ordinarily speaking. .. naturally occurring

Regular readers know I post a 99 word flash as part of Charli Mills weekly prompts and they continue the convoluted story of Mary North.

This is the prompt: In 99 words (no more, no less) include a juxtaposition between the ordinary and natural worlds. It can be civilization and nature; an edifice and a nest or cave; a human act and a natural occurrence; acculturation and adaptation. Compare or contrast as the prompt leads you to write.

Currently Charli is selling her book idea in LA and I am in South of France writing this on my mobile.

View from Mons

View from Mons

Today we visited Mons 815 metres up in the Var forests.

Main Street Mons

Main Street Mons

Mons is a higgledy piggledy ancient town with streets designed for sinister spy stories not motorcars. It is attractive or would be without the Mistral.  That irreverent and inconsiderate wind gusting from 0 to 90kph in the blink of grit takes no prisoners. It isn’t cold but it digs and niggles like an unwanted younger sibling interrupting play time.

The Textiliste defying the wind

The Textiliste defying the wind

It is a natural occurrence that feels artificial like it bears a grudge. In the film Chocolat it changes the town’s character. I get that.  It’s a mood mover.  It makes you check your bags, it makes you duck in case of flying objects.  They even put rocks on the roofs to hold the tiles in place.

I don’t trust such a sneaky weather system.

20150330_112939

And standing on the buttress that holds the town in place watching the locals scurry indoors and the church bell twist like it’s being tickled was to feel a part of something timeless, something that would have been invested with the supernatural not that many years ago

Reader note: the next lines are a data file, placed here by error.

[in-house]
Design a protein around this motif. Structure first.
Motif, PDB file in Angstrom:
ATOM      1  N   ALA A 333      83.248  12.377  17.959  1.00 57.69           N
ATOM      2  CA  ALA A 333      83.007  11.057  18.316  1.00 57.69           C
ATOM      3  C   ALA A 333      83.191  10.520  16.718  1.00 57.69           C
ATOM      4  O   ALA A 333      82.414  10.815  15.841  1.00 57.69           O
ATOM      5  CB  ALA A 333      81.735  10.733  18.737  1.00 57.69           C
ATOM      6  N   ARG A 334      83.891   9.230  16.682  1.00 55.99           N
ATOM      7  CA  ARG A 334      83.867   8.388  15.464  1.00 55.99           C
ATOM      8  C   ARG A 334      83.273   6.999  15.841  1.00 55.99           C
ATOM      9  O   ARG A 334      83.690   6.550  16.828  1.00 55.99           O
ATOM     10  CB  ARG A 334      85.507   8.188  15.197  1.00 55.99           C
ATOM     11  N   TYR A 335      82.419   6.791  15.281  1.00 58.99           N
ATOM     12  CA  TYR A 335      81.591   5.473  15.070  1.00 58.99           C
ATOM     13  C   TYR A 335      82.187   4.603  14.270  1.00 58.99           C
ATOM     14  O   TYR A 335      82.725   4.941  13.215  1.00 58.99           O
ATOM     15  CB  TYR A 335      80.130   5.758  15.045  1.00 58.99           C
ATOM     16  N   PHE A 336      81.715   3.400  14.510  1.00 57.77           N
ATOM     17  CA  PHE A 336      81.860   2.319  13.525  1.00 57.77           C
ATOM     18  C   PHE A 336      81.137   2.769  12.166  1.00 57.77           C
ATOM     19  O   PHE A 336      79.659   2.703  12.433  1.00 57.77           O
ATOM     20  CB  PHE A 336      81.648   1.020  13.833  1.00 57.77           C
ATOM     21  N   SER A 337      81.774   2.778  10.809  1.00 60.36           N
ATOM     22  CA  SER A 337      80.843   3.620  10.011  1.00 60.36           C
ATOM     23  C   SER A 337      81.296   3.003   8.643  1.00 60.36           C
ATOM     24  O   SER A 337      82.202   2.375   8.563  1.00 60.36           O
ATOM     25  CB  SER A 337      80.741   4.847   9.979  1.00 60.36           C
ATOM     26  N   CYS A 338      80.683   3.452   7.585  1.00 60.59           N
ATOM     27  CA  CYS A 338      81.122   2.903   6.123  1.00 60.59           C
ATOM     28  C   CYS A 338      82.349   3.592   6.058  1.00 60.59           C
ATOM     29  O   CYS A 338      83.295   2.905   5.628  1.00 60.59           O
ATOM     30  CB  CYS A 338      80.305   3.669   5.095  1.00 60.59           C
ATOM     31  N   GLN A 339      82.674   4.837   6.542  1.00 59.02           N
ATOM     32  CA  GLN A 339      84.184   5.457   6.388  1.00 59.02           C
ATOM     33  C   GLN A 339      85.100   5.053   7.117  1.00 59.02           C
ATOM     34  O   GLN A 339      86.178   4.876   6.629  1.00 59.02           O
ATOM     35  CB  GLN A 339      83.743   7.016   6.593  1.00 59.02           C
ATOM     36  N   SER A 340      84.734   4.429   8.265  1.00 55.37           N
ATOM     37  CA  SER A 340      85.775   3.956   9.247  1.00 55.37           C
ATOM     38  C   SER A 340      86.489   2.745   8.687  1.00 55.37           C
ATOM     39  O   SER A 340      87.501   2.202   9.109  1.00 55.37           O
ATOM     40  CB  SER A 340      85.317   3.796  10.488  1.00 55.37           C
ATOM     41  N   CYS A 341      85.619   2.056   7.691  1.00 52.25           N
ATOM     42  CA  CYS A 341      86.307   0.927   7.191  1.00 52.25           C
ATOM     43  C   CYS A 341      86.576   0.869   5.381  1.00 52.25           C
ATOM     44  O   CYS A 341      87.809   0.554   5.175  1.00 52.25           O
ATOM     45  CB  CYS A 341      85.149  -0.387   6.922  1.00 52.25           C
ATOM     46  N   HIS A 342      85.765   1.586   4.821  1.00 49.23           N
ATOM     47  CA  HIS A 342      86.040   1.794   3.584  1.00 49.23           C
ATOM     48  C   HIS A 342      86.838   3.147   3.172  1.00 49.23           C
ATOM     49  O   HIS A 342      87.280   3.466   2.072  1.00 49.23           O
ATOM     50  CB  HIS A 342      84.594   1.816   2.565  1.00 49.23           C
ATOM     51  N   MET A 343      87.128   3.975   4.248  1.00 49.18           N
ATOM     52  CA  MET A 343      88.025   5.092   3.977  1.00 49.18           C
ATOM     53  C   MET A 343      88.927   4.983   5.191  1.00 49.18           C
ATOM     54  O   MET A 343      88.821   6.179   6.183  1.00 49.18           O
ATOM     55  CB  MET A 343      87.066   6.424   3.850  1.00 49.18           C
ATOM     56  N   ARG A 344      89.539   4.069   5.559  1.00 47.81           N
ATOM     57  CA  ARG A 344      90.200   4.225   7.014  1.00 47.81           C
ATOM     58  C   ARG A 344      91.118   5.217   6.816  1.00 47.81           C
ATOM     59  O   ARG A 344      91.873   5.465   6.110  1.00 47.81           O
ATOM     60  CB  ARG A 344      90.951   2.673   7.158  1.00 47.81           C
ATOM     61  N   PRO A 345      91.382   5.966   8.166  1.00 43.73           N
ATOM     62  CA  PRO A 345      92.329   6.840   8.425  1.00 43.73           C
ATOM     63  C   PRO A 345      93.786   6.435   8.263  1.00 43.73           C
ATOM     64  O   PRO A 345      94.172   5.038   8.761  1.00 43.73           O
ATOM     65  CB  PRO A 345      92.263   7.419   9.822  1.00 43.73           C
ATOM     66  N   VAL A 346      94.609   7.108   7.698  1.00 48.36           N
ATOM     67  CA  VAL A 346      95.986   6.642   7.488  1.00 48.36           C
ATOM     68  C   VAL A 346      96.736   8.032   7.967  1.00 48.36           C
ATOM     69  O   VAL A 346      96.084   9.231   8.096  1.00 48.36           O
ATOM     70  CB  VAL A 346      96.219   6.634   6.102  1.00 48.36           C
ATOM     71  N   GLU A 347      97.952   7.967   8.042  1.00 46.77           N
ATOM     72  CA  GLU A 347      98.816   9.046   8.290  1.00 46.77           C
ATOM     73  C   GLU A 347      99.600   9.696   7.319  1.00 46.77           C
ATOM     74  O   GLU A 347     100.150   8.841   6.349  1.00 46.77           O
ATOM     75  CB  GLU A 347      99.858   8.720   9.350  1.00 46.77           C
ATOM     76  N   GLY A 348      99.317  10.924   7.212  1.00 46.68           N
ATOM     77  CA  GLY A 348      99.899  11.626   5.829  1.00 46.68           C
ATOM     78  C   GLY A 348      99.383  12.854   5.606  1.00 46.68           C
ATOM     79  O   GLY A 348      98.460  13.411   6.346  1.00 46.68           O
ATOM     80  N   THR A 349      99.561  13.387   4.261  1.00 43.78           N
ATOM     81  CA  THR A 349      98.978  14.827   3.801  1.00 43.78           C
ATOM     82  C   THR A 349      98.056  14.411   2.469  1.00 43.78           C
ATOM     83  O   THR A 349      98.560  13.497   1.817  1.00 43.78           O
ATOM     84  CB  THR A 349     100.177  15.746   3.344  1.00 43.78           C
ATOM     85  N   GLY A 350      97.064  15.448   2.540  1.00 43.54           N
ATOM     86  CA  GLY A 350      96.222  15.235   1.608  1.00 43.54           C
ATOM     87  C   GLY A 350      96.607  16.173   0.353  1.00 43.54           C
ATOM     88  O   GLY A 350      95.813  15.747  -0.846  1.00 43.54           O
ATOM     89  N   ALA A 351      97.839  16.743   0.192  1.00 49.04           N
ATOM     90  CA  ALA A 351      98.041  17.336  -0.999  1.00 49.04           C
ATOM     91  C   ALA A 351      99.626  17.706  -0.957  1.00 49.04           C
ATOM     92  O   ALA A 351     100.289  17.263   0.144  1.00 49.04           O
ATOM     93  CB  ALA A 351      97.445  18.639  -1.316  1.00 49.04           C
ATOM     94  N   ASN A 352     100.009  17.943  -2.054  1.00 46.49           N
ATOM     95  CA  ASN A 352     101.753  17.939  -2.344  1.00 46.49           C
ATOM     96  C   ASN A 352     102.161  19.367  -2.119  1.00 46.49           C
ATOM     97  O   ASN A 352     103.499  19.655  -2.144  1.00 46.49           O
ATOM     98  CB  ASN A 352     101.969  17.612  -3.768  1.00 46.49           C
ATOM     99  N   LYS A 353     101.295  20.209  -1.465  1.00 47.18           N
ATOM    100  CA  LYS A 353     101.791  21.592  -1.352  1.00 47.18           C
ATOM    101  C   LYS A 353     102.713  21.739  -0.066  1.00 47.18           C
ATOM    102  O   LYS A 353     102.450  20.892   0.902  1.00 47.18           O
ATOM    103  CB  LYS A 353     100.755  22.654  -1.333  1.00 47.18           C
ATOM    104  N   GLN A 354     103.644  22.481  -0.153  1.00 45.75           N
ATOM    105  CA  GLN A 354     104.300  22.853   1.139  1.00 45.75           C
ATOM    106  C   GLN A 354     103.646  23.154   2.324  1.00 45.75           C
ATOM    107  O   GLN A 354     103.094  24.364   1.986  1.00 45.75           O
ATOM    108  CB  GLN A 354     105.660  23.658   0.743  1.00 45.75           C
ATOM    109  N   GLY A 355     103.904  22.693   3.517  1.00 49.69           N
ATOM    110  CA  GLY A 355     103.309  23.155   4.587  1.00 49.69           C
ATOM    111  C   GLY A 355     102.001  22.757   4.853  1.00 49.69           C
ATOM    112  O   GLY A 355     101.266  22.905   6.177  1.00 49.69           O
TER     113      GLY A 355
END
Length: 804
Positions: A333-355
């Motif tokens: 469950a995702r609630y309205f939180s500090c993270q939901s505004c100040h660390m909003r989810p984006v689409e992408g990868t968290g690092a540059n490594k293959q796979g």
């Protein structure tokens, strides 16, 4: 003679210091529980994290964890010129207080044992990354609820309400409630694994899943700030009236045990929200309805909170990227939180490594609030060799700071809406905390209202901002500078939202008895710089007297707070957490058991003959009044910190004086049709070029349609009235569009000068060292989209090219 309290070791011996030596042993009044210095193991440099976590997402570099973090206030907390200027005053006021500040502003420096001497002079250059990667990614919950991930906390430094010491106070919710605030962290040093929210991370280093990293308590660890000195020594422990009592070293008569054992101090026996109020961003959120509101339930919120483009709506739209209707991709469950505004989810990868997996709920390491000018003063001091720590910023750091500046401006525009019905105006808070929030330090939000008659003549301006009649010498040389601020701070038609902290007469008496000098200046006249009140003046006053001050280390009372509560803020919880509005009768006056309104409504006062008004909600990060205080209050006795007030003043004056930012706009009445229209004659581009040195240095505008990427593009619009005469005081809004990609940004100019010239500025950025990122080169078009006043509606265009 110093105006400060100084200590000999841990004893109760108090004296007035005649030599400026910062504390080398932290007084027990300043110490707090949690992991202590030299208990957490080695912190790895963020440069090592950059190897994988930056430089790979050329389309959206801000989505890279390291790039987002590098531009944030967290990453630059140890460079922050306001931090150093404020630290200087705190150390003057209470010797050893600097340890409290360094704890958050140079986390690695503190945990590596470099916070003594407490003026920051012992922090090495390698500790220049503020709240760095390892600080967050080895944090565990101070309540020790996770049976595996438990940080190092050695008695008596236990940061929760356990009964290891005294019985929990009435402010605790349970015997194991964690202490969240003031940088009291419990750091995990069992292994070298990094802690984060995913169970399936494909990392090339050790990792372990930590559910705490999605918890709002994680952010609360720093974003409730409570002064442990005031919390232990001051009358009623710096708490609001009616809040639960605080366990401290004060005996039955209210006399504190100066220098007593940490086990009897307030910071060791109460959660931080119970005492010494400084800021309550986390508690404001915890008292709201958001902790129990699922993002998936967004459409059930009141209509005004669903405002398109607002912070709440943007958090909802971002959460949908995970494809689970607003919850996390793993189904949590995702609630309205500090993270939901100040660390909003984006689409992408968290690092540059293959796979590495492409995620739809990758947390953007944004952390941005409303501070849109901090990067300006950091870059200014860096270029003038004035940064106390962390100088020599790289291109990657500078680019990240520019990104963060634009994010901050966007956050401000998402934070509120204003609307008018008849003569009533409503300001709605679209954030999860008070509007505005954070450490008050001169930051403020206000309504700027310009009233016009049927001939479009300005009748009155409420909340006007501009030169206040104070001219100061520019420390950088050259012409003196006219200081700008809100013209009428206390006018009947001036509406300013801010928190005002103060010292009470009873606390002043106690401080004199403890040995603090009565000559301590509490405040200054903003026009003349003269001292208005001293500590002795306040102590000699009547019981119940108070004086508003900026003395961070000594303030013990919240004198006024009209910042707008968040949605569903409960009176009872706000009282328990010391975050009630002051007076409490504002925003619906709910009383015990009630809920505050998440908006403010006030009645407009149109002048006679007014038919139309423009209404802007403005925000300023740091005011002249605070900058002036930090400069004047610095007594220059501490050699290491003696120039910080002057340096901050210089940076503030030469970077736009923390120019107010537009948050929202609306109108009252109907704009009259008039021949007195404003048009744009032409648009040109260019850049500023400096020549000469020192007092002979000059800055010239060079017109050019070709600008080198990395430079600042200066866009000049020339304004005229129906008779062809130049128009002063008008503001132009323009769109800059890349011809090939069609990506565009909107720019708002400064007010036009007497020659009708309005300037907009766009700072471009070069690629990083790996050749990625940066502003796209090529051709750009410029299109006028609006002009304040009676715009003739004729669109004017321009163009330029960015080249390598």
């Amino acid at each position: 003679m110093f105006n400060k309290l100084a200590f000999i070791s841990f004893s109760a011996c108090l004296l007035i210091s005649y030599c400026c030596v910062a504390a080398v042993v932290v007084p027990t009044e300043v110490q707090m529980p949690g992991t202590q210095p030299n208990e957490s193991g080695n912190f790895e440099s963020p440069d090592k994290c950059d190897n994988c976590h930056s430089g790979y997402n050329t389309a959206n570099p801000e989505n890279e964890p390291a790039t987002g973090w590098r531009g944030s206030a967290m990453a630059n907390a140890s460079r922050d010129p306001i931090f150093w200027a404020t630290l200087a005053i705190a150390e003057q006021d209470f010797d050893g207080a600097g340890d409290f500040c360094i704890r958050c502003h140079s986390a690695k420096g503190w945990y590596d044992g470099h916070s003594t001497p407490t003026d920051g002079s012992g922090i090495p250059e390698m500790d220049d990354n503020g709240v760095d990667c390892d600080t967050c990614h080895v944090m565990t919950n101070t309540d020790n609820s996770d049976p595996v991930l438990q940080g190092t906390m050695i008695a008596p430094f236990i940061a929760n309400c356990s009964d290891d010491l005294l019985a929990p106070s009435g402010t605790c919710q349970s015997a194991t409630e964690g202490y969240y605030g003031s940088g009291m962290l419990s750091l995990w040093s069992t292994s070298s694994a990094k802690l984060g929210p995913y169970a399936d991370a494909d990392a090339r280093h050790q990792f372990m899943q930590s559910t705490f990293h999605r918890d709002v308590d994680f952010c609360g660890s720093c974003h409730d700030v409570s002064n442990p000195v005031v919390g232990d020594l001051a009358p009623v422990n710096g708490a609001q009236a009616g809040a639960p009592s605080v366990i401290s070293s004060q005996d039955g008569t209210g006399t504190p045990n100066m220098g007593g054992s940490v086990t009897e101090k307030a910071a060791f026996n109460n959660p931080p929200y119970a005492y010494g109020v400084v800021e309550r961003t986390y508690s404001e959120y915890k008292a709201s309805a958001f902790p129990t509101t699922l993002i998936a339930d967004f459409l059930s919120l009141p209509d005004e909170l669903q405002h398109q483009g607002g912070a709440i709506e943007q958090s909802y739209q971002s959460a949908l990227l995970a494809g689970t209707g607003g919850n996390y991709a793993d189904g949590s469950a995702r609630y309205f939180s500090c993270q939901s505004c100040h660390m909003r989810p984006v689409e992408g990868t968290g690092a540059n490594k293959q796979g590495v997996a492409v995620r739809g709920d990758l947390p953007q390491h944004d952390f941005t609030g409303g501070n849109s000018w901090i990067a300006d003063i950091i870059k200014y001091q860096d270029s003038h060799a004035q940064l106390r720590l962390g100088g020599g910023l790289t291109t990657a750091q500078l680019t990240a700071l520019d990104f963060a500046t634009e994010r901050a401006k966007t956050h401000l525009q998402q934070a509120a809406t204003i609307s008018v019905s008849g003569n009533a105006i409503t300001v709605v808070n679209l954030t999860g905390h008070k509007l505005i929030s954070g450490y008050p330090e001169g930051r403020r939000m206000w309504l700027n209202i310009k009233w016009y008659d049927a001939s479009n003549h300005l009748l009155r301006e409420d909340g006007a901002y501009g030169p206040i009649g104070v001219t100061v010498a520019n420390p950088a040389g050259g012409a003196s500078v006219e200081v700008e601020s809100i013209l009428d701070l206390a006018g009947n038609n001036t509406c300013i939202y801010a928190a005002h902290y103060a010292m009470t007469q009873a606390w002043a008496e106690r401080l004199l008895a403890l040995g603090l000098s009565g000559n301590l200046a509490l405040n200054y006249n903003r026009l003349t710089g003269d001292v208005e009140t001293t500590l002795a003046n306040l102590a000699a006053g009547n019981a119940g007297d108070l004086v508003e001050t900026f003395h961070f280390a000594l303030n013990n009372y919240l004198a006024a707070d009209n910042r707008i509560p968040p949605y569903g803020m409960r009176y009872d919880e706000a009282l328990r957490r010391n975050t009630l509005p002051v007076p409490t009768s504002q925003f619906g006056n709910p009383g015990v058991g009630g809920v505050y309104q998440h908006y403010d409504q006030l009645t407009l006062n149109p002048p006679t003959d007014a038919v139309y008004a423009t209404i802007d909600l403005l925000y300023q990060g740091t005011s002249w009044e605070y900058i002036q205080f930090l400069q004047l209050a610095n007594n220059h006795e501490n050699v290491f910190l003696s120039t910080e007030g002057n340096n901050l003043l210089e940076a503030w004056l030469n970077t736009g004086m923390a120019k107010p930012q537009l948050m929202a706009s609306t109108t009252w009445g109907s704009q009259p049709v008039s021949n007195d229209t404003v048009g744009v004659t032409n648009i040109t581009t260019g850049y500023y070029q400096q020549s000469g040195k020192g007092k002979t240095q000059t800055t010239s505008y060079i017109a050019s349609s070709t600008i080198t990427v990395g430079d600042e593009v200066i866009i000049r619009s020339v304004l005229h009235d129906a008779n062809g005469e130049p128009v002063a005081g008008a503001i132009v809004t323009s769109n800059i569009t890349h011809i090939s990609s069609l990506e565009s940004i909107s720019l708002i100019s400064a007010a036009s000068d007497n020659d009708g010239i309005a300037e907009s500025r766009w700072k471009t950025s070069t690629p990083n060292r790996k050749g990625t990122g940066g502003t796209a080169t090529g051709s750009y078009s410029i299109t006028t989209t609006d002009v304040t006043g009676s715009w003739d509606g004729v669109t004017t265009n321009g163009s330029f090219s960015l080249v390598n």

It’s a wind that speaks in groans and whispers, of pain long endured; it throws its anger at both the natural and ordinary world with a ferocity that knocks you breathless.

Un vent fou. N’est-ce pas?

 

 

And Mary? Here’s a link to the story so far.

Digging in

‘I’m sorry Madam.  We have to dig up every part. There may be more bodies. ‘

Mary shuddered. Not just the idea of more deaths but also the destruction of her parents pride and joy. The policeman was still talking.  ‘When was the cherry planted?’

Mary hesitated.  She knew exactly.  On the fifth anniversary of her mother’s death.  When they’d decided to use her ashes as the first foodstuff. She explained.

Even the policeman looked pained. ‘I’ll see if we can re-pot it for you.’

Mary couldn’t stop the tears.  So much death yet losing this tree mattered most? Why?

In the meantime,  au revoir from ici and see you back en Angleterre demain soir.

About TanGental

My name is Geoff Le Pard. Once I was a lawyer; now I am a writer. I've published three books - Dead Flies and Sherry Trifle, My Father and Other Liars and Salisbury Square. In addition I published an anthology of short stories, Life, in a Grain of Sand this summer. A fourth book will be out soon. This started life as a novel in a week on this blog and will follow later this year. I blog about all sorts at geofflepard.com and welcome all comments. These are my thoughts and no one else is to blame. If you want to nab anything I post, please acknowledge where it came from.
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25 Responses to ordinarily speaking. .. naturally occurring

  1. Sacha Black says:

    It is indeed 99 words. I checked for you. 🙂 Jolly good flash, you need to write a crime novel

    Liked by 3 people

  2. Roger Shipp says:

    Beautiful pictures! The quandary between the two :deaths” … nicely done.

    Liked by 1 person

  3. rogershipp says:

    I thought I had already posted? The quandary between the two deaths… Nicely done!
    I loved the pictures!

    Liked by 1 person

  4. Norah says:

    You did very well on your mobile, Geoff. I think you are addicted. I wouldn’t even have attempted. I think doing stuff on the iPad is difficult enough, let alone trying to use a phone! I congratulate you! This next part of Mary’s story is interesting. More bodies! Whose bodies? I wasn’t sure about the fifth anniversary and using the ashes as the first foodstuff. Do you mean foodstuff for the tree, or what am I missing?